The Traditional Project Management Model of the Triple Constraints

Project management professionals use different types of metrics to monitor their projects. In addition to tracking project progress, it is also important to track other important areas such as time, scope and cost. The three project parameters; time, scope and cost, is known as the triple constraints or popularly known as the “Iron Triangle”

Even though the Project Management Institute’s (PMI) Project Management Book of Knowledge (PMBOK) 5th edition stated that there are six types of constraints that you should look out for; that is time, scope, cost, quality, resource and risk. Although the traditional project management model only consists of time, scope and cost but it is still important for project professionals to be aware of the traditional model too PMP certification cost. The triple constraints model is still being widely used by many companies globally for the purpose of tracking projects. In fact, job interviewers still test project management professionals during interviews about the triple constraints or the iron triangle.

Time refers to the deadline that the project manager has to keep to, in order to deliver the project on time. The project could also be broken down into several phases to improve the workability of the project. Once a phase is completed, it is equivalent to achieving a milestone. The main idea is to gear the team towards a single deadline by designing an easy-to-follow structure and have the team to follow a logical sequence of checkpoints that can lead to the final result.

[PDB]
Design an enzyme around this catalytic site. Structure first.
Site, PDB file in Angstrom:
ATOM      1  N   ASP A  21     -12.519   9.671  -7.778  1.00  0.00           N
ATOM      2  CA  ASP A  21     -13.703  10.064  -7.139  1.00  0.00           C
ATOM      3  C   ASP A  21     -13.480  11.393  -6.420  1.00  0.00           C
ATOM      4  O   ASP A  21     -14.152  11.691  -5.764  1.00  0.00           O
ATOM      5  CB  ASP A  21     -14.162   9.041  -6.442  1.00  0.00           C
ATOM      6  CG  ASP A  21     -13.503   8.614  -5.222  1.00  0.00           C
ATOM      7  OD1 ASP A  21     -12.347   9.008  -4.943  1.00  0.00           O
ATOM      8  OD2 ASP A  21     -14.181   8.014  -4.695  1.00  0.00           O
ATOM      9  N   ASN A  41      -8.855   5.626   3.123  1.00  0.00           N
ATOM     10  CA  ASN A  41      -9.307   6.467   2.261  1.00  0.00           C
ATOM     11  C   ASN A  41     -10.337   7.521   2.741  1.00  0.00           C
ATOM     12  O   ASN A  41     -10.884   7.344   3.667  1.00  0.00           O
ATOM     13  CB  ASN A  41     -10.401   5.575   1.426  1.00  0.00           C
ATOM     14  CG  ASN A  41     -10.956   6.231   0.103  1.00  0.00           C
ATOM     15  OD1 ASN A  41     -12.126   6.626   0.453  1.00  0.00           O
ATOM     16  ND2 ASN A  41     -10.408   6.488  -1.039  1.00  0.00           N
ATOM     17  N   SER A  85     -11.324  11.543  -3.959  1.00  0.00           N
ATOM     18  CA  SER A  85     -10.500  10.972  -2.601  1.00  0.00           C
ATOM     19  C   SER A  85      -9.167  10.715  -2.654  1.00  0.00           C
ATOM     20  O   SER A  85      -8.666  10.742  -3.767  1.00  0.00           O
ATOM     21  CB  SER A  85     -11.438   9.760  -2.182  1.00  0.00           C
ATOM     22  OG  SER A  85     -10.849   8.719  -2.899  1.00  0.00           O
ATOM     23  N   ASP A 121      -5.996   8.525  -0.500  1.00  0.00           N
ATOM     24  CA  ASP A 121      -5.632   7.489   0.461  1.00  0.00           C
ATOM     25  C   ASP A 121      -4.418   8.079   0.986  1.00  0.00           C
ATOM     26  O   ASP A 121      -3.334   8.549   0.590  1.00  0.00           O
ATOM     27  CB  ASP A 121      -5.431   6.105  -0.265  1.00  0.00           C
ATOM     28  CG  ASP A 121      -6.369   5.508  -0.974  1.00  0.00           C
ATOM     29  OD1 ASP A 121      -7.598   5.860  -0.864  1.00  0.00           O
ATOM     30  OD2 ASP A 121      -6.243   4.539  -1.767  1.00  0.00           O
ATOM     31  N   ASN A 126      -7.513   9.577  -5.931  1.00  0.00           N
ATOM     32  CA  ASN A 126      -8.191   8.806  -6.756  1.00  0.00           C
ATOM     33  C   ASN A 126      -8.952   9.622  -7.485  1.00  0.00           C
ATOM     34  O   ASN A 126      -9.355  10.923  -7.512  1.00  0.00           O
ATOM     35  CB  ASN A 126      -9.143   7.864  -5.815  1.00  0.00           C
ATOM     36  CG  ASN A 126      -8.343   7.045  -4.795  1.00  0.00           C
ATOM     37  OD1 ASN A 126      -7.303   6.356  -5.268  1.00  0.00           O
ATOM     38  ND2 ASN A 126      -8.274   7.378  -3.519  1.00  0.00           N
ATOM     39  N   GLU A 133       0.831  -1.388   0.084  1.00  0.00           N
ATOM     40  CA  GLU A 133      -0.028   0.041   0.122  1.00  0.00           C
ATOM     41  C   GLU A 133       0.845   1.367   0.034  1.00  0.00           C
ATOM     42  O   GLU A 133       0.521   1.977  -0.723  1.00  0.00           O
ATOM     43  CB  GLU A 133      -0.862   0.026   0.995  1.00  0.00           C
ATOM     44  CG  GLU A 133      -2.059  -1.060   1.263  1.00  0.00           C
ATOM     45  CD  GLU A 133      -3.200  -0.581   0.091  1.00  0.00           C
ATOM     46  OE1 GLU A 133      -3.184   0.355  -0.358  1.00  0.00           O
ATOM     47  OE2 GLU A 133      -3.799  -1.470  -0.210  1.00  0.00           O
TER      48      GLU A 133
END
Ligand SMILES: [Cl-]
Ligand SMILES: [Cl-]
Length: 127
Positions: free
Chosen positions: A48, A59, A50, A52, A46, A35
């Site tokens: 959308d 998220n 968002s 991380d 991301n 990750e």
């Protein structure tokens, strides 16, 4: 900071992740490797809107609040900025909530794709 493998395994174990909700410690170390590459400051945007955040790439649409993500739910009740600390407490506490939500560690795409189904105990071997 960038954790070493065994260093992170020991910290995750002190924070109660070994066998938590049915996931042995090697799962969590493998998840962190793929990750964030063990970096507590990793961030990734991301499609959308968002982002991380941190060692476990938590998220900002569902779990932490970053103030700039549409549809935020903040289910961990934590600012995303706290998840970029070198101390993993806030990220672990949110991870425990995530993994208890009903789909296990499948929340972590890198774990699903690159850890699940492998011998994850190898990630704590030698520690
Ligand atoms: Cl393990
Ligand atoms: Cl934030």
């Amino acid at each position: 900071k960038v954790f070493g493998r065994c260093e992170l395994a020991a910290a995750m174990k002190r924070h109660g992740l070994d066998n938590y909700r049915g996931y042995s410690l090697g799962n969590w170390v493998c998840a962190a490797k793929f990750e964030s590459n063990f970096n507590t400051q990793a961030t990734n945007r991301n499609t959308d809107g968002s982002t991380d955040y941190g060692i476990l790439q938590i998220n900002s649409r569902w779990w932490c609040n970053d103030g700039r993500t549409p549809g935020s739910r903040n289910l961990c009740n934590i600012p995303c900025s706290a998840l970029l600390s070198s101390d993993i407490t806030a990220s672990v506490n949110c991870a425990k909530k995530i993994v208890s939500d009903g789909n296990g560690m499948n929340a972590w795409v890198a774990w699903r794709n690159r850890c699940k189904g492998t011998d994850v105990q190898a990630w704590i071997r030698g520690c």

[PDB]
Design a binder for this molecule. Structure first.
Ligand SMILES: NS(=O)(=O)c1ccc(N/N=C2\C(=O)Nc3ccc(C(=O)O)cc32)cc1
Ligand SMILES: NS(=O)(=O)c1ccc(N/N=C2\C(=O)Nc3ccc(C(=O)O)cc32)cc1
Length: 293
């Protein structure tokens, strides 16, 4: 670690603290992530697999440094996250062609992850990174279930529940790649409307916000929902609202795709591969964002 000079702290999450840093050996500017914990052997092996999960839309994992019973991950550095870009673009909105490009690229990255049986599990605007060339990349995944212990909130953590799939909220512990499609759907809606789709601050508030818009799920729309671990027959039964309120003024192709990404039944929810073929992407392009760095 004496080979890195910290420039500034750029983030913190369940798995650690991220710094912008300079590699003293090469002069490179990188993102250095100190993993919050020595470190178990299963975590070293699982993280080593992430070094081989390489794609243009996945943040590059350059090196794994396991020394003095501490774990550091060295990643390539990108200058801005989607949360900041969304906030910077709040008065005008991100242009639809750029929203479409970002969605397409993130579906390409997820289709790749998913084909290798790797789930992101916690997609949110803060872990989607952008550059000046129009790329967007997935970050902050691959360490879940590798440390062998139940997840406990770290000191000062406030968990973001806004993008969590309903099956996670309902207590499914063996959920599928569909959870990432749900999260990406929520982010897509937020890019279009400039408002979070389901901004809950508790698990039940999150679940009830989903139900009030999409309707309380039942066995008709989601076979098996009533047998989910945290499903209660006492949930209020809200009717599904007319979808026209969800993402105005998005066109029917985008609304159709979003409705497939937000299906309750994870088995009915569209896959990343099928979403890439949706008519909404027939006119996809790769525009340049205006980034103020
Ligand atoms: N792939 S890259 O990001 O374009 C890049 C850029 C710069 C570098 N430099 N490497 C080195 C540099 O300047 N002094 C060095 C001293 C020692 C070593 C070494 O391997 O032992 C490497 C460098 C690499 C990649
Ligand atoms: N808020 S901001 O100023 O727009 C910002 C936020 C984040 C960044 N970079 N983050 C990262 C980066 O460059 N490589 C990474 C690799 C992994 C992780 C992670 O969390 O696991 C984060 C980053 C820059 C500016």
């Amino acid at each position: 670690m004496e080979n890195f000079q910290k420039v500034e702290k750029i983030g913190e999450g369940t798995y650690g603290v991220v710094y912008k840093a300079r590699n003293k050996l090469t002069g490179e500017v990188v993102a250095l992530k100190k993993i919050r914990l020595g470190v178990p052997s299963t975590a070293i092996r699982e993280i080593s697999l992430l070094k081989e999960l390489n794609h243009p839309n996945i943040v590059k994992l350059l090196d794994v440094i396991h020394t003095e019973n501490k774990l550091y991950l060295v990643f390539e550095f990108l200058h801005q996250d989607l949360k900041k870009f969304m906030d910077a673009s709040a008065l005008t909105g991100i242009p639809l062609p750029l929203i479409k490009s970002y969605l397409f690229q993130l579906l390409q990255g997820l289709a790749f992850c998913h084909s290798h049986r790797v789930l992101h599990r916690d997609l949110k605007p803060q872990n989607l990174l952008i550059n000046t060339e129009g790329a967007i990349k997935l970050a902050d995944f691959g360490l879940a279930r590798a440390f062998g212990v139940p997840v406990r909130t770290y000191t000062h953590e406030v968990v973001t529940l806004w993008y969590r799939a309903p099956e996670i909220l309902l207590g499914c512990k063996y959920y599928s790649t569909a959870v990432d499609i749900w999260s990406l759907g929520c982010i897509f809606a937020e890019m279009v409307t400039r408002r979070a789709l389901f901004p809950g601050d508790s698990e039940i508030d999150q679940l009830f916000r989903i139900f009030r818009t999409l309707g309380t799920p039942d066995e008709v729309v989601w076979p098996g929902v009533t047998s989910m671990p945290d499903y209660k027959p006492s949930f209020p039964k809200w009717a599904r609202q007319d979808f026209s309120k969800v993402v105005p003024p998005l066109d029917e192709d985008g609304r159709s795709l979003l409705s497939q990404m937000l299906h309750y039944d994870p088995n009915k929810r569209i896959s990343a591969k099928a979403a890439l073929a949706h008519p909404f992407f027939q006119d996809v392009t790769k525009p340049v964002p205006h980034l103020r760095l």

Scope of a project is the result that the senior management, stakeholders and project sponsors have initially agreed on and want to see it delivered by the project team. Details of the scope are normally covered in the project charter. The project charter authorises the project manager to take charge of the assigned project. It is an important piece of document that helps the manager to steer the project on track whenever it deviates from the original path. To do that, project manager need to keep a tight watch on possible scope creep. Scope creep is the expansion of project deliverables after the scope was decided earlier. Scope creep can cause negative effects such as decrease in team morale, tightening of budget, disarray in coordination, etc. Any changes in the scope will ultimately affect the project deliverables which might derail a project.

Cost is a major business element that companies have to manage daily. Mismanagement of business cost can break a company, even if it is netting considerable profits. A project left unchecked can easily consume additional resources that could have been channelled to other business functions. It can be quite a challenge to manage the budget for projects, therefore project managers have to keep a close watch to prevent projects from turning into budget mines.